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28
Understanding the capacity region of the greedy maximal scheduling algorithm in multihop wireless networks
 Proc. of IEEE INFOCOM
, 2008
"... Abstract—In this paper, we characterize the performance of an important class of scheduling schemes, called Greedy Maximal Scheduling (GMS), for multihop wireless networks. While a lower bound on the throughput performance of GMS is relatively wellknown in the simple nodeexclusive interference mo ..."
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Cited by 125 (9 self)
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Abstract—In this paper, we characterize the performance of an important class of scheduling schemes, called Greedy Maximal Scheduling (GMS), for multihop wireless networks. While a lower bound on the throughput performance of GMS is relatively wellknown in the simple nodeexclusive interference model, it has not been thoroughly explored in the more general Khop interference model. Moreover, empirical observations suggest that the known bounds are quite loose, and that the performance of GMS is often close to optimal. In this paper, we provide a number of new analytic results characterizing the performance limits of GMS. We first provide an equivalent characterization of the efficiency ratio of GMS through a topological property called the localpooling factor of the network graph. We then develop an iterative procedure to estimate the localpooling factor under a large class of network topologies and interference models. We use these results to study the worstcase efficiency ratio of GMS on two classes of network topologies. First, we show how these results can be applied to tree networks to prove that GMS achieves the full capacity region in tree networks under theKhop interference model. Second, we show that the worstcase efficiency ratio of GMS in geometric network graphs is between 1 6
QCSMA: Queuelength based CSMA/CA algorithms for achieving maximum throughput and low delay in wireless networks
 IN IEEE INFOCOM
, 2010
"... Recently, it has been shown that CSMAtype random access algorithms can achieve the maximum possible throughput in wireless ad hoc networks. However, the delay performance of these algorithms can be quite bad. On the other hand, although some simple heuristics (such as distributed approximations of ..."
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Cited by 64 (6 self)
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Recently, it has been shown that CSMAtype random access algorithms can achieve the maximum possible throughput in wireless ad hoc networks. However, the delay performance of these algorithms can be quite bad. On the other hand, although some simple heuristics (such as distributed approximations of greedy maximal scheduling) can yield much better delay performance for a large set of arrival rates, they may only achieve a fraction of the capacity region in general. In this paper, we propose a discretetime version of the CSMAtype random access algorithm that allows us to incorporate simple heuristics which lead to very good delay performance while retaining the throughputoptimality property. Central to our results is a discretetime distributed randomized algorithm that generates data transmission schedules according to a productform distribution, a counterpart of similar results obtained earlier for continuoustime models under the perfect CSMA assumption where collisions can never occur. An appealing feature of this algorithm is that it explicitly takes collisions into account during the exchange of control packets.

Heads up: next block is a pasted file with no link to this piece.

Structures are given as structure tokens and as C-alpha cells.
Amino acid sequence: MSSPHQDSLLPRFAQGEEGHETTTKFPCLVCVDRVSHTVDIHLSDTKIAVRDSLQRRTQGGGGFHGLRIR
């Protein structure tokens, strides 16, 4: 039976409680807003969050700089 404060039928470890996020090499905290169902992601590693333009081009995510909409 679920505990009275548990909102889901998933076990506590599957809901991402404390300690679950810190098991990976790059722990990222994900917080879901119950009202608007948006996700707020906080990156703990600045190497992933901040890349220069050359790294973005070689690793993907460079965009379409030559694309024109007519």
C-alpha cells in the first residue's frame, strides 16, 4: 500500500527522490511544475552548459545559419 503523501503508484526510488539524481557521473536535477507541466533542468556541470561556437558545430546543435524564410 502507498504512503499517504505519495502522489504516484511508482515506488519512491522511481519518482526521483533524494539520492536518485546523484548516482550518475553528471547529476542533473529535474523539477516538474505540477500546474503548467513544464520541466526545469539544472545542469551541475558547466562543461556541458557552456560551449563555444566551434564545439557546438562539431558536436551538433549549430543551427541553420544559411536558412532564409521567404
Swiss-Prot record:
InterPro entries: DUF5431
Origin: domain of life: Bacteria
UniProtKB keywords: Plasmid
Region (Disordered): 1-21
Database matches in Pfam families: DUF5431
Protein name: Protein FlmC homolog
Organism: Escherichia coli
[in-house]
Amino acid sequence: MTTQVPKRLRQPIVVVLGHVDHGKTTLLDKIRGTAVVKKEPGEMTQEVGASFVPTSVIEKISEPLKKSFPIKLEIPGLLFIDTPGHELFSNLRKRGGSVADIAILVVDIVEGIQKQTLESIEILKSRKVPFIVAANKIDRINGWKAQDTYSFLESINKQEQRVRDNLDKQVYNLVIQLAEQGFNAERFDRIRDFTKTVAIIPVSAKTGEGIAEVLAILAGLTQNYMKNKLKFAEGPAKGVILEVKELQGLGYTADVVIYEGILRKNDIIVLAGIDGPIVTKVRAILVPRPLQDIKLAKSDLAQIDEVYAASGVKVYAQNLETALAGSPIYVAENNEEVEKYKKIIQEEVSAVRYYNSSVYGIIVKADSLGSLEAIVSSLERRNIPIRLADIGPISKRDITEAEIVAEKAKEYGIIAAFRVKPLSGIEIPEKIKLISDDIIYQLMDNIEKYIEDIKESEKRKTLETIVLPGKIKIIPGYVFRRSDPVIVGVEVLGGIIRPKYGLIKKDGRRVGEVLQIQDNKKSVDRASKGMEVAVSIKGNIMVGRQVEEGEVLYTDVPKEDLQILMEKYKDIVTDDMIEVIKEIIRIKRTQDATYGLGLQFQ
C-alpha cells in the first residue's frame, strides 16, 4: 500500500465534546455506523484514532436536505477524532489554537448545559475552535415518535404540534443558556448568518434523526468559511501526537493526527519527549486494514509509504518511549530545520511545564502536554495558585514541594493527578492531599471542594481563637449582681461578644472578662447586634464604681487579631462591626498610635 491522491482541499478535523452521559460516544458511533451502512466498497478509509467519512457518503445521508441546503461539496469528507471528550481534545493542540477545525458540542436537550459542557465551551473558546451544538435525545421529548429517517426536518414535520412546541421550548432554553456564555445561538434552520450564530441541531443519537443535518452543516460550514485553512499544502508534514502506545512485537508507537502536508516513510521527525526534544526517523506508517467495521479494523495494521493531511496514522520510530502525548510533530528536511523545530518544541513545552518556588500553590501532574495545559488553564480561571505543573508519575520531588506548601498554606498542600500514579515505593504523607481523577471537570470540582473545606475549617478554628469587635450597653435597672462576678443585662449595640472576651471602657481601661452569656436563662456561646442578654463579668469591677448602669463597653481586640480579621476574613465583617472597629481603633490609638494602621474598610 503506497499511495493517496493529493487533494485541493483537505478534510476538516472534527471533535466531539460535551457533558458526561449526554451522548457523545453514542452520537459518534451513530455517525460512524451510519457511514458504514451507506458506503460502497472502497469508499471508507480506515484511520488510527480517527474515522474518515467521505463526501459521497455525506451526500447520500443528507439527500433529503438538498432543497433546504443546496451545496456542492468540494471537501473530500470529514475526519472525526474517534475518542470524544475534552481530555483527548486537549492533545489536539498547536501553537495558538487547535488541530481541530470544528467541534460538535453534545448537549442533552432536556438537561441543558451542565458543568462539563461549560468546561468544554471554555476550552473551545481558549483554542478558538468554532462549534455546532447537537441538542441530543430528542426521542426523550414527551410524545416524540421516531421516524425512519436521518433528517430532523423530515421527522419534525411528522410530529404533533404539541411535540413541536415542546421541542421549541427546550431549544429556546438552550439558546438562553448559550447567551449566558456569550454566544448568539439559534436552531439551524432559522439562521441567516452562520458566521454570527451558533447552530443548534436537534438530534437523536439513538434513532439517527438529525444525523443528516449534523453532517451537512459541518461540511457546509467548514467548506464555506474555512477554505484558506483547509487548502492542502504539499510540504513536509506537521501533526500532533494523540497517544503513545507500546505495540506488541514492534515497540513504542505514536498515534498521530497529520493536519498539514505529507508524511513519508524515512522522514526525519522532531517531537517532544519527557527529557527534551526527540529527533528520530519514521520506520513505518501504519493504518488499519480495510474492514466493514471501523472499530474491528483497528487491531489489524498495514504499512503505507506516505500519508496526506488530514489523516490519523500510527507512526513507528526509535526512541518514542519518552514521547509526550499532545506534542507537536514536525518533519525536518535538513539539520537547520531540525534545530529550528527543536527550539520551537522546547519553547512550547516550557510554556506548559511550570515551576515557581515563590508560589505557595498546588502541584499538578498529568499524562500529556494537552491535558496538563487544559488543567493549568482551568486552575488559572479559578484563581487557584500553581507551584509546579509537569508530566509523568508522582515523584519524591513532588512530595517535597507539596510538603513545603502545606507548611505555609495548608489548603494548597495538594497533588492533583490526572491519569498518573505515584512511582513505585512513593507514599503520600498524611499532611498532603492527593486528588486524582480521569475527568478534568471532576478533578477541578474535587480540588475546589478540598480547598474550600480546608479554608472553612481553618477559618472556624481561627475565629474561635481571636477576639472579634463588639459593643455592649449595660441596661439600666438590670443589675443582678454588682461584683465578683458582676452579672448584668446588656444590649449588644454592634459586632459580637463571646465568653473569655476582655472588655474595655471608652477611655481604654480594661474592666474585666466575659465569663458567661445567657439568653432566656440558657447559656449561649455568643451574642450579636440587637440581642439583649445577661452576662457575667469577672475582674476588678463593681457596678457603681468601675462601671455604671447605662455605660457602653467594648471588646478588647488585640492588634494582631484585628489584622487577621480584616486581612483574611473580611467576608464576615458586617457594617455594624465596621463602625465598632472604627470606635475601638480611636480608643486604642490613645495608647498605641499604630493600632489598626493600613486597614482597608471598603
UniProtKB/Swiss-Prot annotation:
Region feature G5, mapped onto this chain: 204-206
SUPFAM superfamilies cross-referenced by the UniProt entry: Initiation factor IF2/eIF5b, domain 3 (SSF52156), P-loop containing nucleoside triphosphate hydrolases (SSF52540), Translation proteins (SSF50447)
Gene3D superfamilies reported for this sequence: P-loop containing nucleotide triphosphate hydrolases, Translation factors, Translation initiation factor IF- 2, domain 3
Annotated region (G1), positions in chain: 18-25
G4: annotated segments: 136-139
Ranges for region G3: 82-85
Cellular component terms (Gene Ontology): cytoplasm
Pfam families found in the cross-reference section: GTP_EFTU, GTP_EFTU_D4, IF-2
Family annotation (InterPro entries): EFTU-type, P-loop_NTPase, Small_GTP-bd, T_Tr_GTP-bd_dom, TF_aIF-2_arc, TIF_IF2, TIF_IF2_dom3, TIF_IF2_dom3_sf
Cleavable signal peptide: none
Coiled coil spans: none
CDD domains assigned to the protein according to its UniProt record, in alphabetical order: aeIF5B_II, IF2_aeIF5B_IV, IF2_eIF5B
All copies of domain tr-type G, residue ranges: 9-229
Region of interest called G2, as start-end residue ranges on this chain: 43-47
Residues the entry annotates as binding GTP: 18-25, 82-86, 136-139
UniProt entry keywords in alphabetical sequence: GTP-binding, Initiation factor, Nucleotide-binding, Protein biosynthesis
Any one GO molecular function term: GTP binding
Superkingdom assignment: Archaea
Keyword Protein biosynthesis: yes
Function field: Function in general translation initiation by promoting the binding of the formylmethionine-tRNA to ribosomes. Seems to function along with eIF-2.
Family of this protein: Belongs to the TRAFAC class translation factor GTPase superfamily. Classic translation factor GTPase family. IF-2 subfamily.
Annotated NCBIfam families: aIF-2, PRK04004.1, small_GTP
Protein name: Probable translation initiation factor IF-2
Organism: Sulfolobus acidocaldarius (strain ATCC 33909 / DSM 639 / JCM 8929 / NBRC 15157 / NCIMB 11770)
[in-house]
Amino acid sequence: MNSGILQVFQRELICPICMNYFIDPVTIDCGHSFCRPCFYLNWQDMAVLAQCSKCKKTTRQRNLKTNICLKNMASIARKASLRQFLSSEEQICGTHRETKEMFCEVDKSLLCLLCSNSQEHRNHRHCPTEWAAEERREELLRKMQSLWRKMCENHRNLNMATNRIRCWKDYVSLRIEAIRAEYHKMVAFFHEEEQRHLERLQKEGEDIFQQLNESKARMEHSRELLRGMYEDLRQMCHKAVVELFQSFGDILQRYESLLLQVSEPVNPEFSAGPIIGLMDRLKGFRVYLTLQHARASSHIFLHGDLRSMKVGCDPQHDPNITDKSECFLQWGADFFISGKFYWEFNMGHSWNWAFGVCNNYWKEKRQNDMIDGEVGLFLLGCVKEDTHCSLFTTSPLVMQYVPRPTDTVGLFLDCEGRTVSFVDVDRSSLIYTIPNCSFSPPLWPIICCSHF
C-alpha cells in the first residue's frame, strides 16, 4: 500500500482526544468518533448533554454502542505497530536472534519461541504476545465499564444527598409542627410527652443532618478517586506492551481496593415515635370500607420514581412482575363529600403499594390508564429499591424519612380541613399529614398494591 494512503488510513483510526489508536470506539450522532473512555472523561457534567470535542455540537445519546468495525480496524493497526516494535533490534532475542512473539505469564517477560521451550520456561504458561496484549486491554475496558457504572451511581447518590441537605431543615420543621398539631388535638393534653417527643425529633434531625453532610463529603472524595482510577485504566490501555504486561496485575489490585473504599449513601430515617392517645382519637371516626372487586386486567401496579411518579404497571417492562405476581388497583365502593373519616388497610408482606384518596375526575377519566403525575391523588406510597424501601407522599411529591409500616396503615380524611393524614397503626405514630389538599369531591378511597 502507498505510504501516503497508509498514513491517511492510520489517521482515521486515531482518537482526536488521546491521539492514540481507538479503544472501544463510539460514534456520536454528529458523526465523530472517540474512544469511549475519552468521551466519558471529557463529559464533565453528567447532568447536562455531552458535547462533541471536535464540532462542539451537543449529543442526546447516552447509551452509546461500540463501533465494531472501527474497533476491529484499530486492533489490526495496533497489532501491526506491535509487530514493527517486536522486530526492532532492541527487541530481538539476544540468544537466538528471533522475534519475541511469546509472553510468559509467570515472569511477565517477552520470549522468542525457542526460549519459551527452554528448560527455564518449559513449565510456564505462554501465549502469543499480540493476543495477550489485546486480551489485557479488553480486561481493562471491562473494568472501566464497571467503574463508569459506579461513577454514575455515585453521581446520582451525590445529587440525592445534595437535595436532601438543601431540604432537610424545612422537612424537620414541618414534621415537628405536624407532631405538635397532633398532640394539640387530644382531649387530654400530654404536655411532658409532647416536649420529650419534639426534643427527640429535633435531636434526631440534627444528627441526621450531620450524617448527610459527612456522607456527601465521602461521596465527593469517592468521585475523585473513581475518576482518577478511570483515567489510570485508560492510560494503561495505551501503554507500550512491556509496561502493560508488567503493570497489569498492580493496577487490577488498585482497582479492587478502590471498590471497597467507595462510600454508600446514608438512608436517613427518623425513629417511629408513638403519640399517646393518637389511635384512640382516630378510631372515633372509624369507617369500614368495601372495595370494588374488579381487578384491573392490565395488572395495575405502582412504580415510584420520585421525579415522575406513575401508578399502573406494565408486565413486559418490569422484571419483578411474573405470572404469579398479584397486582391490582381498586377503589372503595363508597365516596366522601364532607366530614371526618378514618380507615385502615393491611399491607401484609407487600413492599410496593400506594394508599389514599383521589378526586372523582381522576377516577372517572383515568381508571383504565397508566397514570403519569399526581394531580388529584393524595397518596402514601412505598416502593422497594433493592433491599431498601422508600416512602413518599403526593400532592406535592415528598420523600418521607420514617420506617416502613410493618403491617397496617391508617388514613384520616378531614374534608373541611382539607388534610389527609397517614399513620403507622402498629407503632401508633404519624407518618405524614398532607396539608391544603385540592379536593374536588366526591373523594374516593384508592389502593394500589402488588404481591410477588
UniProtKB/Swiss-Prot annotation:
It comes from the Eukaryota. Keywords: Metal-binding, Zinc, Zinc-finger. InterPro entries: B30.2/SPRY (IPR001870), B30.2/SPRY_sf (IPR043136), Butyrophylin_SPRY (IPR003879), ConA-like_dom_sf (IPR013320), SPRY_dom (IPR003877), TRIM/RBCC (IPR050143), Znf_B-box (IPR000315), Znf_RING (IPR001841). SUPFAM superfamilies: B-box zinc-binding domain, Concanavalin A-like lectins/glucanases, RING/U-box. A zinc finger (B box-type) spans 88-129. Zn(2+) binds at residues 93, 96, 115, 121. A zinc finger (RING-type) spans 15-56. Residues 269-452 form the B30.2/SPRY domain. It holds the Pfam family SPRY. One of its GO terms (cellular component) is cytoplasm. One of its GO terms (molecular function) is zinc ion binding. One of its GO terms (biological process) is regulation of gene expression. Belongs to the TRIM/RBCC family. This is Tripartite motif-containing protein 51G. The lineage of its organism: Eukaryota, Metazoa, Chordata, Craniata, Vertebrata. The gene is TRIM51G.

Improved bounds on the throughput efficiency of greedy maximal scheduling in wireless networks
 in Proc. ACM MOBIHOC’09
, 2009
"... Due to its low complexity, Greedy Maximal Scheduling (GMS), also known as Longest Queue First (LQF), has been studied extensively for wireless networks. However, GMS can result in degraded throughput performance in general wireless networks. In this paper, we prove that GMS achieves 100 % throughput ..."
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Cited by 45 (8 self)
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Due to its low complexity, Greedy Maximal Scheduling (GMS), also known as Longest Queue First (LQF), has been studied extensively for wireless networks. However, GMS can result in degraded throughput performance in general wireless networks. In this paper, we prove that GMS achieves 100 % throughput in all networks with eight nodes or less, under the twohop interference model. Further, we obtain performance bounds that improve upon previous results for larger networks up to a certain size. We also provide a simple proof to show that GMS can be implemented using only local neighborhood information in networks of any size.